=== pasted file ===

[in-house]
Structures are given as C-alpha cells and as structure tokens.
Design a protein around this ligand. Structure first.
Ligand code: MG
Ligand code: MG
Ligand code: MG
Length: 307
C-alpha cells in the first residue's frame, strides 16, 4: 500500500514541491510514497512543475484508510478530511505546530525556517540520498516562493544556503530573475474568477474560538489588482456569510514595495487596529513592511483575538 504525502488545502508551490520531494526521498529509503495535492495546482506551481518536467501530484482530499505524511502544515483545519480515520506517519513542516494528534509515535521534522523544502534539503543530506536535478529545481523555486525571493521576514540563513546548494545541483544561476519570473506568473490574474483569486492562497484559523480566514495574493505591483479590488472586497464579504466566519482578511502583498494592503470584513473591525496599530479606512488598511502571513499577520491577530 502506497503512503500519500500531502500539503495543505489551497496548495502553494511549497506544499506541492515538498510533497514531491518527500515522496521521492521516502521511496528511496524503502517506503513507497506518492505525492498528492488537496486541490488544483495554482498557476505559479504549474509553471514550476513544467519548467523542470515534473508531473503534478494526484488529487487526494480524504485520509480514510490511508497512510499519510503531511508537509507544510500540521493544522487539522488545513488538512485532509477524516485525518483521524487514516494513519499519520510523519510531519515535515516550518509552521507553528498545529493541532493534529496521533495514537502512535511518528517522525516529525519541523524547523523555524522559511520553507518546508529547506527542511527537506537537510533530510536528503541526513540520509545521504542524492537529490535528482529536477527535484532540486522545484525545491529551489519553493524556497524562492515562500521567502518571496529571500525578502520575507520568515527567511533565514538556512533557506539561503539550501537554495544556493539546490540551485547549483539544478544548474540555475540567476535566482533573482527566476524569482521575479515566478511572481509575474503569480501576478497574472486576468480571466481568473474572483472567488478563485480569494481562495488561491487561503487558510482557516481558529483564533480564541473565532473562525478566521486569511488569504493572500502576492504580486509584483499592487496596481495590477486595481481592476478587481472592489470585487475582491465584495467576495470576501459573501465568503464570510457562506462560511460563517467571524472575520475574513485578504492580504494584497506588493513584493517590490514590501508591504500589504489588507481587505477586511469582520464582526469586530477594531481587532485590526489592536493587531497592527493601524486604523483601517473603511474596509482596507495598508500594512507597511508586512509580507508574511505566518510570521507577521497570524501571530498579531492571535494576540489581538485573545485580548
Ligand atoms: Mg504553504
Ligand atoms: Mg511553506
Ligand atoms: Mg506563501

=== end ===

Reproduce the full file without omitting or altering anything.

[in-house]
Structures are given as C-alpha cells and as structure tokens.
Design a protein around this ligand. Structure first.
Ligand code: MG
Ligand code: MG
Ligand code: MG
Length: 307
C-alpha cells in the first residue's frame, strides 16, 4: 500500500514541491510514497512543475484508510478530511505546530525556517540520498516562493544556503530573475474568477474560538489588482456569510514595495487596529513592511483575538 504525502488545502508551490520531494526521498529509503495535492495546482506551481518536467501530484482530499505524511502544515483545519480515520506517519513542516494528534509515535521534522523544502534539503543530506536535478529545481523555486525571493521576514540563513546548494545541483544561476519570473506568473490574474483569486492562497484559523480566514495574493505591483479590488472586497464579504466566519482578511502583498494592503470584513473591525496599530479606512488598511502571513499577520491577530 502506497503512503500519500500531502500539503495543505489551497496548495502553494511549497506544499506541492515538498510533497514531491518527500515522496521521492521516502521511496528511496524503502517506503513507497506518492505525492498528492488537496486541490488544483495554482498557476505559479504549474509553471514550476513544467519548467523542470515534473508531473503534478494526484488529487487526494480524504485520509480514510490511508497512510499519510503531511508537509507544510500540521493544522487539522488545513488538512485532509477524516485525518483521524487514516494513519499519520510523519510531519515535515516550518509552521507553528498545529493541532493534529496521533495514537502512535511518528517522525516529525519541523524547523523555524522559511520553507518546508529547506527542511527537506537537510533530510536528503541526513540520509545521504542524492537529490535528482529536477527535484532540486522545484525545491529551489519553493524556497524562492515562500521567502518571496529571500525578502520575507520568515527567511533565514538556512533557506539561503539550501537554495544556493539546490540551485547549483539544478544548474540555475540567476535566482533573482527566476524569482521575479515566478511572481509575474503569480501576478497574472486576468480571466481568473474572483472567488478563485480569494481562495488561491487561503487558510482557516481558529483564533480564541473565532473562525478566521486569511488569504493572500502576492504580486509584483499592487496596481495590477486595481481592476478587481472592489470585487475582491465584495467576495470576501459573501465568503464570510457562506462560511460563517467571524472575520475574513485578504492580504494584497506588493513584493517590490514590501508591504500589504489588507481587505477586511469582520464582526469586530477594531481587532485590526489592536493587531497592527493601524486604523483601517473603511474596509482596507495598508500594512507597511508586512509580507508574511505566518510570521507577521497570524501571530498579531492571535494576540489581538485573545485580548
Ligand atoms: Mg504553504
Ligand atoms: Mg511553506
Ligand atoms: Mg506563501